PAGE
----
Authors: George Rajna
There's a literal disturbance in the force that alters what physicists have long thought of as a characteristic of superconductivity, according to Rice University scientists.  Now, researchers led by Arkady Shekhter of the National High Magnetic Field Laboratory in the US have shown that the same strange behaviour applies to the way their resistance varies with magnetic field.  Scientists at the Florida State University-headquartered National High Magnetic Field Laboratory have discovered a behavior in materials called cuprates that suggests they carry current in a way entirely different from conventional metals such as copper.  Now, Delft University of Technology have created a microchip on which two wires were placed in close proximity in order to measure the Casimir forces that act upon them when they become superconducting.  For a long time, physicists have tried to understand the relationship between a periodic pattern of conduction electrons called a charge density wave (CDW), and another quantum order, superconductivity, or zero electrical resistance, in the same material.  A potential new state of matter is being reported in the journal Nature, with research showing that among superconducting materials in high magnetic fields, the phenomenon of electronic symmetry breaking is common.  Researchers from the University of Geneva (UNIGE) in Switzerland and the Technical University Munich in Germany have lifted the veil on the electronic characteristics of high-temperature superconductors. Their research, published in Nature Communications, shows that the electronic densities measured in these superconductors are a combination of two separate effects. As a result, they propose a new model that suggests the existence of two coexisting states rather than competing ones postulated for the past thirty years, a small revolution in the world of superconductivity.  A team led by scientists at the Department of Energy's SLAC National Accelerator Laboratory combined powerful magnetic pulses with some of the brightest X-rays on the planet to discover a surprising 3-D arrangement of a material's electrons that appears closely linked to a mysterious phenomenon known as high-temperature superconductivity.  Advanced x-ray technique reveals surprising quantum excitations that persist through materials with or without superconductivity.  This paper explains the magnetic effect of the superconductive current from the observed effects of the accelerating electrons, causing naturally the experienced changes of the electric field potential along the electric wire. The accelerating electrons explain not only the Maxwell Equations and the Special Relativity, but the Heisenberg Uncertainty Relation, the wave particle duality and the electron's spin also, building the bridge between the Classical and Quantum Theories. The changing acceleration of the electrons explains the created negative electric field of the magnetic induction, the Higgs Field, the changing Relativistic Mass and the Gravitational Force, giving a Unified Theory of the physical forces. Taking into account the Planck Distribution Law of the electromagnetic oscillators also, we can explain the electron/proton mass rate and the Weak and Strong Interactions. Since the superconductivity is basically a quantum mechanical phenomenon and some entangled particles give this opportunity to specific matters, like Cooper Pairs or other entanglements, as strongly correlated materials and Exciton-mediated electron pairing, we can say that the secret of superconductivity is the quantum entanglement.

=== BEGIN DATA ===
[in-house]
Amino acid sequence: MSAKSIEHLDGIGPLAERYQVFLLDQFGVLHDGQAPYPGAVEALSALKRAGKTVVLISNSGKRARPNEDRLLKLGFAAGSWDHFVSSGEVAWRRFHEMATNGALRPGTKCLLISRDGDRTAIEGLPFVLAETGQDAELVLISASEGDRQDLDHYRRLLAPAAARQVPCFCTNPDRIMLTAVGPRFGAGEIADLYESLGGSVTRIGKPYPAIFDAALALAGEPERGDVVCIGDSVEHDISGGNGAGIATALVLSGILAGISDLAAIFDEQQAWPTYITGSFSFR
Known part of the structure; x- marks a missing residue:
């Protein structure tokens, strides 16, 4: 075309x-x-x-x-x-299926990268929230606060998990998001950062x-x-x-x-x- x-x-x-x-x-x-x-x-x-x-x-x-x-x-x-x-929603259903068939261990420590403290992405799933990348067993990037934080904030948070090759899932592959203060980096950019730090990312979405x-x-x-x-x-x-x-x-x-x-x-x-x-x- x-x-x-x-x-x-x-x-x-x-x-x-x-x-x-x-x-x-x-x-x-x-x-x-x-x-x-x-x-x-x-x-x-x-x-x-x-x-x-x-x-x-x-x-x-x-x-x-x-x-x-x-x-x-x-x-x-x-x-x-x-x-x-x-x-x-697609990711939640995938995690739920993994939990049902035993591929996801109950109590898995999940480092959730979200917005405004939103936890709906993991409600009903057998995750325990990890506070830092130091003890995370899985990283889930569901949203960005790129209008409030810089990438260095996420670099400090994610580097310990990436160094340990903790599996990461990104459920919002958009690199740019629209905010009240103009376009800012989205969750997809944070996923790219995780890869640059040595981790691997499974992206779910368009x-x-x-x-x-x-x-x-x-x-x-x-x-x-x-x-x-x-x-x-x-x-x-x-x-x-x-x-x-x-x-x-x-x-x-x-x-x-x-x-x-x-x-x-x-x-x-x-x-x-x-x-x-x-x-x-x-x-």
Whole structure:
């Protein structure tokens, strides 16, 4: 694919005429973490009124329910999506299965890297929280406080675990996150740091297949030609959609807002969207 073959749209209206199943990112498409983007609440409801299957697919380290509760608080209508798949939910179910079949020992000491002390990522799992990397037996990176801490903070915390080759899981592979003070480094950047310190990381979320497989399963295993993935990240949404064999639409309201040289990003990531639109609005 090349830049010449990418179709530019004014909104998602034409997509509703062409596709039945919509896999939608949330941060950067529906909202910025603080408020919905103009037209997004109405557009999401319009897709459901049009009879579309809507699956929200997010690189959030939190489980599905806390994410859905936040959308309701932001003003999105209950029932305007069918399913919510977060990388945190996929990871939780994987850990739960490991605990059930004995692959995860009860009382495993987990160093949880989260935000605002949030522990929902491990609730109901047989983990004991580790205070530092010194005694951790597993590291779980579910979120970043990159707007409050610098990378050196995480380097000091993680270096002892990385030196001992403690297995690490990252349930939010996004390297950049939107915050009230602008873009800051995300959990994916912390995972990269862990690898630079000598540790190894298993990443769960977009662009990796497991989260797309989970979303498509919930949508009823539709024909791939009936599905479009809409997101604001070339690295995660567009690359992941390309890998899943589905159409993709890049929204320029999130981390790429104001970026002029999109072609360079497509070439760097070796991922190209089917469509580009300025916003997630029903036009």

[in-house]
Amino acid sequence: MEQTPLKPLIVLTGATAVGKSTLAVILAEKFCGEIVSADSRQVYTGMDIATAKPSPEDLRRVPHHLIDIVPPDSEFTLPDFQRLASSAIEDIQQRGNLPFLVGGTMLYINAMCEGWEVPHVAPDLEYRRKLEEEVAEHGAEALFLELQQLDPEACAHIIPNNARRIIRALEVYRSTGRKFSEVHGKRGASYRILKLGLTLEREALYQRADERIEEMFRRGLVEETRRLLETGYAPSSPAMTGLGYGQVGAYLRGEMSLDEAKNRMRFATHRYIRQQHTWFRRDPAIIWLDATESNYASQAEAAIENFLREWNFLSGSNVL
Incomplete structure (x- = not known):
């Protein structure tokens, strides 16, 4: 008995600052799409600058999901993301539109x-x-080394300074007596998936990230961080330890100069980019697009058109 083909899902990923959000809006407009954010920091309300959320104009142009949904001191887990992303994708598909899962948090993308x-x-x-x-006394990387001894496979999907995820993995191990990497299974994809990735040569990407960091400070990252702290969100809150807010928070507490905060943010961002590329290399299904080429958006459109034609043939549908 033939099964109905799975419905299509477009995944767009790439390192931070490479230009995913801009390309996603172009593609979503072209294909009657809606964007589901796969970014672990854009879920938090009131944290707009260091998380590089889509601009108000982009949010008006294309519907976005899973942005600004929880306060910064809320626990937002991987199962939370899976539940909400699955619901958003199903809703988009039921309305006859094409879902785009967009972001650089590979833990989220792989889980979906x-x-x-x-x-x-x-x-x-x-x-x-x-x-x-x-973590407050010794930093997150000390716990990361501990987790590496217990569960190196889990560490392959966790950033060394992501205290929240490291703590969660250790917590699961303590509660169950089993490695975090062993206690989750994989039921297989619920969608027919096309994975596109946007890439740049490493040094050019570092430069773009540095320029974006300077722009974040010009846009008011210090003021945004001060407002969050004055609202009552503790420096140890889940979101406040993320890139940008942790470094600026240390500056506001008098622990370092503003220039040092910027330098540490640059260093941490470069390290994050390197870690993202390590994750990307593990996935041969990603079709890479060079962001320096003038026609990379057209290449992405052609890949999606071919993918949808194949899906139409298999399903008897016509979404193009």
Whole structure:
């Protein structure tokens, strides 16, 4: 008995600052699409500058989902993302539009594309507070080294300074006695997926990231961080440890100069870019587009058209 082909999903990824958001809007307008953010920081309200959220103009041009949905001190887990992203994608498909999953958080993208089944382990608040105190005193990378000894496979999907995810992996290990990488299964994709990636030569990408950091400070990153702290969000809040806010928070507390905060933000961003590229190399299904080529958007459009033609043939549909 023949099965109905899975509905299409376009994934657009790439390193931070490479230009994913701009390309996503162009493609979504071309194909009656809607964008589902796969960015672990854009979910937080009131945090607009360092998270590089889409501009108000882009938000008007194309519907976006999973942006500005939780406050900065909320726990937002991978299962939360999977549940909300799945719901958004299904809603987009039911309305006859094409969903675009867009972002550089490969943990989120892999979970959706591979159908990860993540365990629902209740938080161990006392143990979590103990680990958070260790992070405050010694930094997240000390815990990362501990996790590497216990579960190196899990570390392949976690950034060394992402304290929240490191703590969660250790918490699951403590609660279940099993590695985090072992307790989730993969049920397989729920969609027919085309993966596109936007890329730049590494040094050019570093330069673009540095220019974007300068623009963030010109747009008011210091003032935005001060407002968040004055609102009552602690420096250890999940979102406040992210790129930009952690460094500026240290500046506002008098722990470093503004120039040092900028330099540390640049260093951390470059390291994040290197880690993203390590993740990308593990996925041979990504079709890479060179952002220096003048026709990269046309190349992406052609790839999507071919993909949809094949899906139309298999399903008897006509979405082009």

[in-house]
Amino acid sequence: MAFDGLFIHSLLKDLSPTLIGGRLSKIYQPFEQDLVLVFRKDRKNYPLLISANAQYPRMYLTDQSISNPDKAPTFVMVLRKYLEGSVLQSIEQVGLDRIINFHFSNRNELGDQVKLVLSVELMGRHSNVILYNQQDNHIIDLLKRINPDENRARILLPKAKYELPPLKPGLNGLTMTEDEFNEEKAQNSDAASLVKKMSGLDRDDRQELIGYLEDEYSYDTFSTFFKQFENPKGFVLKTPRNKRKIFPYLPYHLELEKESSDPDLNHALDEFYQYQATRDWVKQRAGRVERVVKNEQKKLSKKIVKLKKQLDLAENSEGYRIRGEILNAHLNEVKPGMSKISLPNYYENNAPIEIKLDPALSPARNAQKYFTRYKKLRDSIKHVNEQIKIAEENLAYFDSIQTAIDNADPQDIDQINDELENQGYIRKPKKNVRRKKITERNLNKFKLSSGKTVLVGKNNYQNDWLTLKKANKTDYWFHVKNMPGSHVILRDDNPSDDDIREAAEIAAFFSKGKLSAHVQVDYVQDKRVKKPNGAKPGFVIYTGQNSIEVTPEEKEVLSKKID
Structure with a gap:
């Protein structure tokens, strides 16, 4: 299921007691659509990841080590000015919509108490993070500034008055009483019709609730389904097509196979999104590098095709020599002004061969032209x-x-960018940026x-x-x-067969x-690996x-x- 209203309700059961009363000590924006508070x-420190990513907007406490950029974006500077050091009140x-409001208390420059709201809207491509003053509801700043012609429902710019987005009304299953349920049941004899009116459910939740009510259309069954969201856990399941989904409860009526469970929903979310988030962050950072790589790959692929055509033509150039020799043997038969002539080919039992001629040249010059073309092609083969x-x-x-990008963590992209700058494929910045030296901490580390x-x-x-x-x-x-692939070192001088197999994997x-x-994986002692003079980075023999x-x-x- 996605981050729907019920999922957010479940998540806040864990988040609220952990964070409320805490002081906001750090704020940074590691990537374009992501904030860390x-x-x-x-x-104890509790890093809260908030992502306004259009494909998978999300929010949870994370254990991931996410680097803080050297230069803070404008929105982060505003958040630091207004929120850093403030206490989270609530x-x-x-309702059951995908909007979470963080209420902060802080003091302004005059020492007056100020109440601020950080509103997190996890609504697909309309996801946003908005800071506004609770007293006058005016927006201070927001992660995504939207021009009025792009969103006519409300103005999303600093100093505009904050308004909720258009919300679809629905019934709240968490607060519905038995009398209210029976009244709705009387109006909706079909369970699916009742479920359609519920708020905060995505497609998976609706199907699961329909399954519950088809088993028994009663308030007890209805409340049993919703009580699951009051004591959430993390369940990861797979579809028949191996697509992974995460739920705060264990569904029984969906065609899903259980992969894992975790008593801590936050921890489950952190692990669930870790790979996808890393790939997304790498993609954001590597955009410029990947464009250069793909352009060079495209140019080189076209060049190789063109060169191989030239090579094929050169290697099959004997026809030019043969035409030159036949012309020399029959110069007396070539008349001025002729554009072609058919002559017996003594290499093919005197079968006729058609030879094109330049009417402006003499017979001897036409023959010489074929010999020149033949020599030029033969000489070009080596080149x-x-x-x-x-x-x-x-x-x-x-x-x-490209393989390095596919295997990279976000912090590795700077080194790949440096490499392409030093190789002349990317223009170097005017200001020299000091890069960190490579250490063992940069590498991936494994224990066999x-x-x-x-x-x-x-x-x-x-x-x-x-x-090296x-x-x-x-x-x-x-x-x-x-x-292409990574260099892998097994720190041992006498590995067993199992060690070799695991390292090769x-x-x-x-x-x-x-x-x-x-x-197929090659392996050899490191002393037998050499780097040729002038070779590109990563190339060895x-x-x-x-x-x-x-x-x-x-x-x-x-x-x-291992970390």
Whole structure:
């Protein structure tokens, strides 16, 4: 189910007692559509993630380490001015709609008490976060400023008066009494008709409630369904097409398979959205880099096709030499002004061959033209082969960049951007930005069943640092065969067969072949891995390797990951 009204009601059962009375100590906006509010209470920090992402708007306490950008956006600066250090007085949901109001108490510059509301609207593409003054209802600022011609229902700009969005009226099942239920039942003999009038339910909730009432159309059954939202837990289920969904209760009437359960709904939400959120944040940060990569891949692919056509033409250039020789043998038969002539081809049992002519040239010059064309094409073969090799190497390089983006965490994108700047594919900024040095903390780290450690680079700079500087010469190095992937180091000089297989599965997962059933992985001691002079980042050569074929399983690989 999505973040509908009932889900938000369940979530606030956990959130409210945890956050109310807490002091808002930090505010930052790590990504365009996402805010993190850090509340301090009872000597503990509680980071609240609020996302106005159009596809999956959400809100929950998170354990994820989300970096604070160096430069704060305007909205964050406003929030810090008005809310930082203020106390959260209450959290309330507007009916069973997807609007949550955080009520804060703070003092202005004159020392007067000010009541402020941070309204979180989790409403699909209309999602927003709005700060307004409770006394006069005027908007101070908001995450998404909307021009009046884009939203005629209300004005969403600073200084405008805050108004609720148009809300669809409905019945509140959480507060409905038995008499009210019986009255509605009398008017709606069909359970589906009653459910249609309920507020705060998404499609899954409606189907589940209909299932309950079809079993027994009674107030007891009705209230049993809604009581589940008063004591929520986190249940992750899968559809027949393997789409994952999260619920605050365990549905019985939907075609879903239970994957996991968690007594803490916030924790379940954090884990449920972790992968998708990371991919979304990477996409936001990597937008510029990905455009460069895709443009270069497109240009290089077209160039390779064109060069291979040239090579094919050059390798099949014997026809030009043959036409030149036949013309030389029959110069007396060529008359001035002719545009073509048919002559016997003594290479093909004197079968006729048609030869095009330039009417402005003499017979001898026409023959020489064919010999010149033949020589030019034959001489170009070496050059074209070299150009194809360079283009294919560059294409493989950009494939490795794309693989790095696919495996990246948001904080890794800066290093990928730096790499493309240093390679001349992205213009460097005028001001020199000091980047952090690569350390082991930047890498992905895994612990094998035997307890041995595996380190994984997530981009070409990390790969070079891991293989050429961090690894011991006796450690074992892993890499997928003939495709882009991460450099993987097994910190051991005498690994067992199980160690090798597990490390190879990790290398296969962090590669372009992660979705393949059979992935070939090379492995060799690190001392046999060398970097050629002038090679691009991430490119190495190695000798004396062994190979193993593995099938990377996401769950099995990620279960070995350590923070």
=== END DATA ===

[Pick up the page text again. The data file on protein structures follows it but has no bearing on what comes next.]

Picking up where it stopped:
Comments: 25 Pages.
[v1] 2018-08-08 04:31:17
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